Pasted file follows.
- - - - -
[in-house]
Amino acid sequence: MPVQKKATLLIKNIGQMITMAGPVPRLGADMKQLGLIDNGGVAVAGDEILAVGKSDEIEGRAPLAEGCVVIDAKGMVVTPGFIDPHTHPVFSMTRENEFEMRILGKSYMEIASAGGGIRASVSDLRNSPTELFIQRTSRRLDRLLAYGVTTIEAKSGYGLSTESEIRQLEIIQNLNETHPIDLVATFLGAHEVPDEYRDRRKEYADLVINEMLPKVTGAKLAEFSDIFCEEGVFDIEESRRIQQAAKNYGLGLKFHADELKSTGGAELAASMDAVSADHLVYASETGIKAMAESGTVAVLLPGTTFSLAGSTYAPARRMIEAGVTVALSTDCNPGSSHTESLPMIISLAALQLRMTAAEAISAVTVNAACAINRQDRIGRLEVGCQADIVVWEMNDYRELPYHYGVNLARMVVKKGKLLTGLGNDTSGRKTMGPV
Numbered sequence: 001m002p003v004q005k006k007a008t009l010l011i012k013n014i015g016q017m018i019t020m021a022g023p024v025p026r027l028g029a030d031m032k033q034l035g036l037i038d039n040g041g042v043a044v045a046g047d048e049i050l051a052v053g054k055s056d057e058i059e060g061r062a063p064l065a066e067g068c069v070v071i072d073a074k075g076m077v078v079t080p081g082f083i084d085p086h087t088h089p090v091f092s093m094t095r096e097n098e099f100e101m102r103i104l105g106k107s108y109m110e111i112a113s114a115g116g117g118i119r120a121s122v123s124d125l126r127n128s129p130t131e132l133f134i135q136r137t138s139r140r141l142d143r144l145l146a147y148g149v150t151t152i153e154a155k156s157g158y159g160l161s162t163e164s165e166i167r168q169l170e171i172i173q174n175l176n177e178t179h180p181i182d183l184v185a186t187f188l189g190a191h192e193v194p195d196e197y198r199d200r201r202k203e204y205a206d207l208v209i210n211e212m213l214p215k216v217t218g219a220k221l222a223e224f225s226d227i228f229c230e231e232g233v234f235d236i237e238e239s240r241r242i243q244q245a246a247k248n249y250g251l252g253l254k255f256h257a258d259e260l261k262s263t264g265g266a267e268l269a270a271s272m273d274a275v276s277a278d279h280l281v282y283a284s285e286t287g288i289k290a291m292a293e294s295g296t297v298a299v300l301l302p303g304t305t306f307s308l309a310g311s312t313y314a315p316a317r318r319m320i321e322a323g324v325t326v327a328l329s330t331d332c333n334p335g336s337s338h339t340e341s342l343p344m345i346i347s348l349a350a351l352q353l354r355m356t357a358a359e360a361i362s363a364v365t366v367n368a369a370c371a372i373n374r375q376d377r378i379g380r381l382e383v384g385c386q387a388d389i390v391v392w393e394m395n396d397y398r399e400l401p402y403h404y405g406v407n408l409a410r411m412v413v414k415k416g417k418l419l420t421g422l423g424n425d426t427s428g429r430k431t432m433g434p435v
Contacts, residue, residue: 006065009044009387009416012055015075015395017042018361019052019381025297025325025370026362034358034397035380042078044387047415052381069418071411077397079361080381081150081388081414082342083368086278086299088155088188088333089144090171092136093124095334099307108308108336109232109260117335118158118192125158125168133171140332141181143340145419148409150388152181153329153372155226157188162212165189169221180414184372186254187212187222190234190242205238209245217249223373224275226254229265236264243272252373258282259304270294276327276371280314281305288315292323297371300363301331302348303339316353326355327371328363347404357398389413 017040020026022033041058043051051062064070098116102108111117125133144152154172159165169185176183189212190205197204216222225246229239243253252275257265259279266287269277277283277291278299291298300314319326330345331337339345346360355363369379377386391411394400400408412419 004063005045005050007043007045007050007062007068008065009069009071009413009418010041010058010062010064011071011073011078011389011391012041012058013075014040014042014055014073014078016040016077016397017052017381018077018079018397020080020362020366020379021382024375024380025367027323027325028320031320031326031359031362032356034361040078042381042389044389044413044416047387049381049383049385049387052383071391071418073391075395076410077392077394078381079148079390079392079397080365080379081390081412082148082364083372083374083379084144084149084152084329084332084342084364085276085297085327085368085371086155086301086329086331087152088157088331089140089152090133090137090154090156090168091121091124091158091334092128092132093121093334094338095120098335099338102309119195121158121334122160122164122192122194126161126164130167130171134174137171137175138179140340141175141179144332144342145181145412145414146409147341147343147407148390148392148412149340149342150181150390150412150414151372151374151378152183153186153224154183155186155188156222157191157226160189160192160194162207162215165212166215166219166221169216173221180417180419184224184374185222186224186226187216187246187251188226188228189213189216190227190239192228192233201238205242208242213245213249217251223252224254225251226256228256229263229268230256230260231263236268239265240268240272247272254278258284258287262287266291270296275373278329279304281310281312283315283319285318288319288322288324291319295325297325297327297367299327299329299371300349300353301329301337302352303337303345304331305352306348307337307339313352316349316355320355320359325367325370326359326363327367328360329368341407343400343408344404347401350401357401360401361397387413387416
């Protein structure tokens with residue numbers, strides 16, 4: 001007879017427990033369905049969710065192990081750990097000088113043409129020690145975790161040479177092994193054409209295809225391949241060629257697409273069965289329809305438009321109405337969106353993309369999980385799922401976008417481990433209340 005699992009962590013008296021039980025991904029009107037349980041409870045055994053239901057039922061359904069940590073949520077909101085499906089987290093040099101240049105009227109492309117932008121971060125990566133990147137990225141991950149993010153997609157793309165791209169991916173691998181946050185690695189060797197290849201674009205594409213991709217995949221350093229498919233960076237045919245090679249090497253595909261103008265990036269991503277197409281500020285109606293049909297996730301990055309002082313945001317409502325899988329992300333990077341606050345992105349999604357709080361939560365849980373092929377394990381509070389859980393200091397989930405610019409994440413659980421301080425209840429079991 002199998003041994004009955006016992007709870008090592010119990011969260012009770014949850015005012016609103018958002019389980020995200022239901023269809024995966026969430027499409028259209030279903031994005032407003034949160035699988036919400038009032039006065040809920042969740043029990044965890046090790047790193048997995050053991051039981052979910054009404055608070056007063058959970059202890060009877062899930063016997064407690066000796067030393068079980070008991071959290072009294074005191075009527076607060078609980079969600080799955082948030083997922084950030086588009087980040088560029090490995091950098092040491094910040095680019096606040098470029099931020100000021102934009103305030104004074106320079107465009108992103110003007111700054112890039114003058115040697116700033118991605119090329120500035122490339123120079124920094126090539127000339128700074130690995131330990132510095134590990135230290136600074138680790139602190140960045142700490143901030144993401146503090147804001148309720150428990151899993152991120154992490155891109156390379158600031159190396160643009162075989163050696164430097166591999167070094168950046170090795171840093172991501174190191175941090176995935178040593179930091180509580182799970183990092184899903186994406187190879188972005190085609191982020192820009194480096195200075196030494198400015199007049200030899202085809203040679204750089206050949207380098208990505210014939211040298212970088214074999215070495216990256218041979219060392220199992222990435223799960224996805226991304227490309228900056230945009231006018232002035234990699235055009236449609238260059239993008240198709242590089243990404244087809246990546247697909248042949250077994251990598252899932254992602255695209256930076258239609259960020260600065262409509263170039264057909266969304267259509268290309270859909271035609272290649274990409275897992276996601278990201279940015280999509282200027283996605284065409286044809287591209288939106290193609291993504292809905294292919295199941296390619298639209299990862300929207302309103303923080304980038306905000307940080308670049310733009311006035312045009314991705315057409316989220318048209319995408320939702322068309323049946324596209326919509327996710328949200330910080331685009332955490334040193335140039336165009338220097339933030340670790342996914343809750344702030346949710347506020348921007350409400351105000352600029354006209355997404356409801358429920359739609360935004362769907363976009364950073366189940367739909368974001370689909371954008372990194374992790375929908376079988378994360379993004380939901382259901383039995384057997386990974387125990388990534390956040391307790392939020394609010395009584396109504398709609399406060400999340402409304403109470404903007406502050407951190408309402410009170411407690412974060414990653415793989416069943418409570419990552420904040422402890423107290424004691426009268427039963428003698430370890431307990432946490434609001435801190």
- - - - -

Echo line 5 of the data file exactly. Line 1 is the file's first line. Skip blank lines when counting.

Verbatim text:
């Protein structure tokens with residue numbers, strides 16, 4: 001007879017427990033369905049969710065192990081750990097000088113043409129020690145975790161040479177092994193054409209295809225391949241060629257697409273069965289329809305438009321109405337969106353993309369999980385799922401976008417481990433209340 005699992009962590013008296021039980025991904029009107037349980041409870045055994053239901057039922061359904069940590073949520077909101085499906089987290093040099101240049105009227109492309117932008121971060125990566133990147137990225141991950149993010153997609157793309165791209169991916173691998181946050185690695189060797197290849201674009205594409213991709217995949221350093229498919233960076237045919245090679249090497253595909261103008265990036269991503277197409281500020285109606293049909297996730301990055309002082313945001317409502325899988329992300333990077341606050345992105349999604357709080361939560365849980373092929377394990381509070389859980393200091397989930405610019409994440413659980421301080425209840429079991 002199998003041994004009955006016992007709870008090592010119990011969260012009770014949850015005012016609103018958002019389980020995200022239901023269809024995966026969430027499409028259209030279903031994005032407003034949160035699988036919400038009032039006065040809920042969740043029990044965890046090790047790193048997995050053991051039981052979910054009404055608070056007063058959970059202890060009877062899930063016997064407690066000796067030393068079980070008991071959290072009294074005191075009527076607060078609980079969600080799955082948030083997922084950030086588009087980040088560029090490995091950098092040491094910040095680019096606040098470029099931020100000021102934009103305030104004074106320079107465009108992103110003007111700054112890039114003058115040697116700033118991605119090329120500035122490339123120079124920094126090539127000339128700074130690995131330990132510095134590990135230290136600074138680790139602190140960045142700490143901030144993401146503090147804001148309720150428990151899993152991120154992490155891109156390379158600031159190396160643009162075989163050696164430097166591999167070094168950046170090795171840093172991501174190191175941090176995935178040593179930091180509580182799970183990092184899903186994406187190879188972005190085609191982020192820009194480096195200075196030494198400015199007049200030899202085809203040679204750089206050949207380098208990505210014939211040298212970088214074999215070495216990256218041979219060392220199992222990435223799960224996805226991304227490309228900056230945009231006018232002035234990699235055009236449609238260059239993008240198709242590089243990404244087809246990546247697909248042949250077994251990598252899932254992602255695209256930076258239609259960020260600065262409509263170039264057909266969304267259509268290309270859909271035609272290649274990409275897992276996601278990201279940015280999509282200027283996605284065409286044809287591209288939106290193609291993504292809905294292919295199941296390619298639209299990862300929207302309103303923080304980038306905000307940080308670049310733009311006035312045009314991705315057409316989220318048209319995408320939702322068309323049946324596209326919509327996710328949200330910080331685009332955490334040193335140039336165009338220097339933030340670790342996914343809750344702030346949710347506020348921007350409400351105000352600029354006209355997404356409801358429920359739609360935004362769907363976009364950073366189940367739909368974001370689909371954008372990194374992790375929908376079988378994360379993004380939901382259901383039995384057997386990974387125990388990534390956040391307790392939020394609010395009584396109504398709609399406060400999340402409304403109470404903007406502050407951190408309402410009170411407690412974060414990653415793989416069943418409570419990552420904040422402890423107290424004691426009268427039963428003698430370890431307990432946490434609001435801190």